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image: Week in Review: April 28–May 2

Week in Review: April 28–May 2

By | May 2, 2014

Male scientists stress mice out; using SCNT to reprogram adult cells; acetate can reach mouse brain, reduce appetite; WHO sounds “post-antibiotic era” alarm

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image: Competition for CRISPR Commercialization

Competition for CRISPR Commercialization

By | May 1, 2014

Researchers stake their proprietary claim on the genome-editing technique.

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image: Cell Transplants for Heart Questioned

Cell Transplants for Heart Questioned

By | May 1, 2014

A report reveals that using bone marrow stem cells to treat heart disease is less promising than a decade of research has let on.

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image: Sharing the Wealth

Sharing the Wealth

By | May 1, 2014

From research results to electronic health records, biomedical data are becoming increasingly accessible. How can scientists best capitalize on the information deluge?

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image: The Telltale Tail

The Telltale Tail

By | May 1, 2014

A symbiotic relationship between squid and bacteria provides an alternative explanation for bacterial sheathed flagella.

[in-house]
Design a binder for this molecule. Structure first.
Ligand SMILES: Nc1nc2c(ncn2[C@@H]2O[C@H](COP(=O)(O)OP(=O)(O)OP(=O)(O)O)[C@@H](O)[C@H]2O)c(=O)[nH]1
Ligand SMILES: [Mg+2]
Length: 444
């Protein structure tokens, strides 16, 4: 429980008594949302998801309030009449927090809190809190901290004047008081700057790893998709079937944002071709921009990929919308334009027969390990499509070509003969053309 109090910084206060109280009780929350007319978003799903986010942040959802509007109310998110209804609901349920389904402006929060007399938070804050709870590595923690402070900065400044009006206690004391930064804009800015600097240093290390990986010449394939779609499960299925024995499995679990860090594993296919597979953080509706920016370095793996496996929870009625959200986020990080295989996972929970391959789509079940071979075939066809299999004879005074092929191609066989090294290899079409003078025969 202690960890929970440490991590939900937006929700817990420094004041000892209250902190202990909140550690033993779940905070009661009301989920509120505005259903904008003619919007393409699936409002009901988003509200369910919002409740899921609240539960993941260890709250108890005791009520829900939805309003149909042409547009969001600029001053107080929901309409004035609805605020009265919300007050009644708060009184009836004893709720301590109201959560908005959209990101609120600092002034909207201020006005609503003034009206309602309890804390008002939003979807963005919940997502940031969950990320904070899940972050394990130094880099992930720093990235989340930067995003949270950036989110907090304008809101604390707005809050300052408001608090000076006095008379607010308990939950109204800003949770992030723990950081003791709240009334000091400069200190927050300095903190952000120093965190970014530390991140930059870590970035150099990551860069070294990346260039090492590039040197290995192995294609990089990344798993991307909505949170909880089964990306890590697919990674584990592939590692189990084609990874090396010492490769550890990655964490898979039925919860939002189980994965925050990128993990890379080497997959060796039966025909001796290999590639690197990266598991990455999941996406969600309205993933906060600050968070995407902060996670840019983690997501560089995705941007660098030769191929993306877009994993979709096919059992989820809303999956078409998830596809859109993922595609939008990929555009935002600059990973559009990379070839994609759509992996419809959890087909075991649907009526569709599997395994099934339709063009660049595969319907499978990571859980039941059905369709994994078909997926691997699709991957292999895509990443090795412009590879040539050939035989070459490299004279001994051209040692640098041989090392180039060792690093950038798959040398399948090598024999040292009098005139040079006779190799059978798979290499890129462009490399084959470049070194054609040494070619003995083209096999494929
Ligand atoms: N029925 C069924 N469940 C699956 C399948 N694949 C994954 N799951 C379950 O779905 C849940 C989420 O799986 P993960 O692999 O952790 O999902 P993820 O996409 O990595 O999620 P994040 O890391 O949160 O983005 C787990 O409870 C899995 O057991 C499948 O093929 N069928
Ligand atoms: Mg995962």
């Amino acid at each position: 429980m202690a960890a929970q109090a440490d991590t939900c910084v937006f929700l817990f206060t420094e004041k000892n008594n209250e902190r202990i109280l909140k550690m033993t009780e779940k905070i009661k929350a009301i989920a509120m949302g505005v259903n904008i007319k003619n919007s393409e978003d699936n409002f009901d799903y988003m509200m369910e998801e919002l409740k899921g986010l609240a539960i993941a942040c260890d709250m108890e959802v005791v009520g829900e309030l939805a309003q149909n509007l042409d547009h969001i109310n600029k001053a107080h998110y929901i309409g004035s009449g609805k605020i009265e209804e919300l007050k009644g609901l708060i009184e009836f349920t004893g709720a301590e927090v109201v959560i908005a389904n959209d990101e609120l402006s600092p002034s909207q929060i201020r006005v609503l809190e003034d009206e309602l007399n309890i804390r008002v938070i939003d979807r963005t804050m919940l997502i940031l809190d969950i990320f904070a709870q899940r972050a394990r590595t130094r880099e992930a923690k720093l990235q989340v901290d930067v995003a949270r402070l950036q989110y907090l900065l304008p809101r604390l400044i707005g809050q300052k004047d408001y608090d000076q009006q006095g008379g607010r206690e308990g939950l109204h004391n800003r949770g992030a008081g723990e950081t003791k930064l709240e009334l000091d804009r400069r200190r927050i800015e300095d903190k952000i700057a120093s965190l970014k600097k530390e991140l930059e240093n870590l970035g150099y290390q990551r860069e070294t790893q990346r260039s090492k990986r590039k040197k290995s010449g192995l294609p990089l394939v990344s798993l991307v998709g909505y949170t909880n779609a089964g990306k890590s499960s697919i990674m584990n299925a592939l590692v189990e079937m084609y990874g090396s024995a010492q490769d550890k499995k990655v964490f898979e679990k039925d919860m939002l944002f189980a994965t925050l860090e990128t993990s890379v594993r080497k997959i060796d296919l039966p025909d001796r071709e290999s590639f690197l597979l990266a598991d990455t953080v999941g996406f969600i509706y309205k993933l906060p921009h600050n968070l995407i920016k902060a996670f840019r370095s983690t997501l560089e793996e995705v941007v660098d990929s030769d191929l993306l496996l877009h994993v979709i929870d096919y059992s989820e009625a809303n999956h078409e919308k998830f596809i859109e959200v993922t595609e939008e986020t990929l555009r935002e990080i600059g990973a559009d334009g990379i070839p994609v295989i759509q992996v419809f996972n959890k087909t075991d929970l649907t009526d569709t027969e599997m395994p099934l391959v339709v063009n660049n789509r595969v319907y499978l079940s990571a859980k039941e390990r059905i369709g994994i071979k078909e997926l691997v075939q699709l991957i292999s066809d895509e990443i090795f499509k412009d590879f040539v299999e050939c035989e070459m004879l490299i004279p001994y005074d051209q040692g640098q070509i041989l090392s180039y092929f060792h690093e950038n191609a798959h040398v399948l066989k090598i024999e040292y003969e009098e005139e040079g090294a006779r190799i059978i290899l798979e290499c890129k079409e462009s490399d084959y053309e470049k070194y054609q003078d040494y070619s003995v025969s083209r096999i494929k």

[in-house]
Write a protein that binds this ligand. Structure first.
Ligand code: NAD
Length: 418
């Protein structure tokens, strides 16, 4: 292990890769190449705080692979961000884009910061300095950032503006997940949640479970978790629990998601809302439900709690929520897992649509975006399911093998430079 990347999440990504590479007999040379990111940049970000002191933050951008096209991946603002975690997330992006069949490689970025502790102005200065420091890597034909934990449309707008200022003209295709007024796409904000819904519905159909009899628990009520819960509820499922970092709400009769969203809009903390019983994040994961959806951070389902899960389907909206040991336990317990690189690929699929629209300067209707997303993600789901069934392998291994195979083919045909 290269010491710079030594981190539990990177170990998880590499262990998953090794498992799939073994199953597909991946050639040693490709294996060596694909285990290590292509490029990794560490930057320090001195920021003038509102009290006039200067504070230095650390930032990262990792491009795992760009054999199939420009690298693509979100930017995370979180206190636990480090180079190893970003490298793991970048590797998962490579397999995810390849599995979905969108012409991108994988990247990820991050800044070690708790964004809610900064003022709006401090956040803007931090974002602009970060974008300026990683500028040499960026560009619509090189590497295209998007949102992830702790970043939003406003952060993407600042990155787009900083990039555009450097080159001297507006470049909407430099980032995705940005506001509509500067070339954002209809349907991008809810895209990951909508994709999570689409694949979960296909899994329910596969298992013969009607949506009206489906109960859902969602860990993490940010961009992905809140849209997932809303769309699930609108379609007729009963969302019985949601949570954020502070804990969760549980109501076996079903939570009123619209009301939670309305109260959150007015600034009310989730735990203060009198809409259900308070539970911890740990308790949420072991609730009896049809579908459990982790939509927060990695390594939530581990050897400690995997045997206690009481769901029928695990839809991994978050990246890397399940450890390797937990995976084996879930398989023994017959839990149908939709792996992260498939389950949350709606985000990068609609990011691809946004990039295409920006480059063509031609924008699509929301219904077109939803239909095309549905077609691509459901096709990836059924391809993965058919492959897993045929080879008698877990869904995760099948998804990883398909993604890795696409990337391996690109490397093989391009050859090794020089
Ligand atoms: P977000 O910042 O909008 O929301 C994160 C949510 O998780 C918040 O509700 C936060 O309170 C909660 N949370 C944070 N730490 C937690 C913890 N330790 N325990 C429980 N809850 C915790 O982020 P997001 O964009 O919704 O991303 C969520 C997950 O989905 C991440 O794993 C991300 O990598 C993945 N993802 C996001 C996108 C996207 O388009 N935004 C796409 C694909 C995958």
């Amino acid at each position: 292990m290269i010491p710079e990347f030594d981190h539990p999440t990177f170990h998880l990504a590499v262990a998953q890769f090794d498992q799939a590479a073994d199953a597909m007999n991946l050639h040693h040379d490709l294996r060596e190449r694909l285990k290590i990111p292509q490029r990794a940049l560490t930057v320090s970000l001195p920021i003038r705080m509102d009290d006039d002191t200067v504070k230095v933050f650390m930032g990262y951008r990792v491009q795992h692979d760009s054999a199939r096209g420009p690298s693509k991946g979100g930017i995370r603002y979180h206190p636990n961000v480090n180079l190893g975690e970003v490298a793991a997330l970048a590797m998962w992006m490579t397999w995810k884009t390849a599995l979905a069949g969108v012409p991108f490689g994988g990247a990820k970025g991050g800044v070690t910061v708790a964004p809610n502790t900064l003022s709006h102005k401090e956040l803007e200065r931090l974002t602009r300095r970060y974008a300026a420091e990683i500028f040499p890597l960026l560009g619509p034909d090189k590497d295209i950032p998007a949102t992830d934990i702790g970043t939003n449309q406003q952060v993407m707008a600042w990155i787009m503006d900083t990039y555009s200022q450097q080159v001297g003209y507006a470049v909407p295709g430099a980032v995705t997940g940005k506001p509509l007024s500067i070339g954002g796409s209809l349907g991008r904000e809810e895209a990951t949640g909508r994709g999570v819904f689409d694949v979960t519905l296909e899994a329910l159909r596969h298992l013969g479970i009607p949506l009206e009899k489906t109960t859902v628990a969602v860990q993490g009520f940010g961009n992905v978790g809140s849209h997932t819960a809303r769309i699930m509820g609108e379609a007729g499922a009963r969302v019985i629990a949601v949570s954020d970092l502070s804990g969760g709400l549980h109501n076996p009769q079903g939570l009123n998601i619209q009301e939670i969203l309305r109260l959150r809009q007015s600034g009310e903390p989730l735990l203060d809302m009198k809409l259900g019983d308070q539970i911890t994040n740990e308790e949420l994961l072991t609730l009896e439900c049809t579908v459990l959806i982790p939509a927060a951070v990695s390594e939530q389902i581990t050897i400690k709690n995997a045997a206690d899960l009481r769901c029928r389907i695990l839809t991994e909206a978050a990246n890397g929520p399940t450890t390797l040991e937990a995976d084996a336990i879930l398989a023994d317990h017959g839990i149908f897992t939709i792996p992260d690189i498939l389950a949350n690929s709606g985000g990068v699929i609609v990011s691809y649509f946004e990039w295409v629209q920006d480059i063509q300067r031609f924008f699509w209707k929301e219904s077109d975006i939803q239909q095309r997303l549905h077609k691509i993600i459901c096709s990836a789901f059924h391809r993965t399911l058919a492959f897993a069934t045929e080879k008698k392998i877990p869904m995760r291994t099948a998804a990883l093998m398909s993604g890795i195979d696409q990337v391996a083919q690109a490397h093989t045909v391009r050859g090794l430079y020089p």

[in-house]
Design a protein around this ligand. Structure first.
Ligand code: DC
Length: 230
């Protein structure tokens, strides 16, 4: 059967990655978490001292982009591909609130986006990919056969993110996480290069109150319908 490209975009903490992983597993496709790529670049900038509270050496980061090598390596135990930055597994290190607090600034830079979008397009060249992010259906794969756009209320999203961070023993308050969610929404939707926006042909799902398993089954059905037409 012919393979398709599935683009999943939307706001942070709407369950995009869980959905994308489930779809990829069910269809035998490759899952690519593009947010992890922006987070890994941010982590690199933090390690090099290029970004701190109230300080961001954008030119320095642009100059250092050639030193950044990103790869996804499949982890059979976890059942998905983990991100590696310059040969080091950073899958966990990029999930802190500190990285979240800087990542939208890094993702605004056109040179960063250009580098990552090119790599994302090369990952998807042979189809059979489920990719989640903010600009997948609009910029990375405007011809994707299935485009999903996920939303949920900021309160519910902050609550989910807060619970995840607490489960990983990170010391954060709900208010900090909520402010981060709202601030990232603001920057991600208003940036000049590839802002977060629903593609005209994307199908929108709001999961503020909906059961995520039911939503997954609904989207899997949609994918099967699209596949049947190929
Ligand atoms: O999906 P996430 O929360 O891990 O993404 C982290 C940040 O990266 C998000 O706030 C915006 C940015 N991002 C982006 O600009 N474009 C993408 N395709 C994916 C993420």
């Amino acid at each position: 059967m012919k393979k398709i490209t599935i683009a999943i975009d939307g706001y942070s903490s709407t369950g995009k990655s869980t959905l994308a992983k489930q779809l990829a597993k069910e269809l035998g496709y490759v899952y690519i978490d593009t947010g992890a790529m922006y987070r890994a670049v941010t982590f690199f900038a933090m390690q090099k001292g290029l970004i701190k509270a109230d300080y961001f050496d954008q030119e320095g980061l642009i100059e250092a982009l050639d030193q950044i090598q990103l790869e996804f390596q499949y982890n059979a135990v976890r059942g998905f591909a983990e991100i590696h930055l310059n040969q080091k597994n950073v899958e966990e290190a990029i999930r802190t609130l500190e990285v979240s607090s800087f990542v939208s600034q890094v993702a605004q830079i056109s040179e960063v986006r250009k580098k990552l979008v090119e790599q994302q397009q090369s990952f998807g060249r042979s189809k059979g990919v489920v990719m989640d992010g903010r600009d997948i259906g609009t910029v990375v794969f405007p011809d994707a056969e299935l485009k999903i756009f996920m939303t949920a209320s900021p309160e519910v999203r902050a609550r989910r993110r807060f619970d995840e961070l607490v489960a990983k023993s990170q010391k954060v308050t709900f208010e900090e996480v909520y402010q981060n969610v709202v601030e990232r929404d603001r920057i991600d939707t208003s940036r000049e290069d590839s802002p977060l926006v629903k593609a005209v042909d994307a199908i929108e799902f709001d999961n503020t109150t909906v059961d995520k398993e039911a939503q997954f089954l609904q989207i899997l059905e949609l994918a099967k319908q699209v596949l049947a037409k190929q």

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image: The Youngest Victims

The Youngest Victims

By | May 1, 2014

Linking single-gene defects to inflammatory bowel disease in young children may help all sufferers of the illness.

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image: Rebuilding Missing Muscle

Rebuilding Missing Muscle

By | April 30, 2014

An acellular matrix can help guide stem cells to injury sites and regrow muscles in both mice and humans, a study finds.

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image: Toward Stopping MERS Spread

Toward Stopping MERS Spread

By | April 30, 2014

Independent teams culture the Middle East respiratory system coronavirus and identify human antibodies that could inform therapies.

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image: Epigenetic Effects of Mom’s Diet

Epigenetic Effects of Mom’s Diet

By | April 29, 2014

Molecular markers of a mother’s nutrition around the time of conception can be found in her child’s DNA.

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image: SCNT Picks Up Steam

SCNT Picks Up Steam

By | April 28, 2014

Study confirms that somatic cell nuclear transfer, an alternate method of creating patient-specific pluripotent stem cells, can be used to reprogram adult cells.

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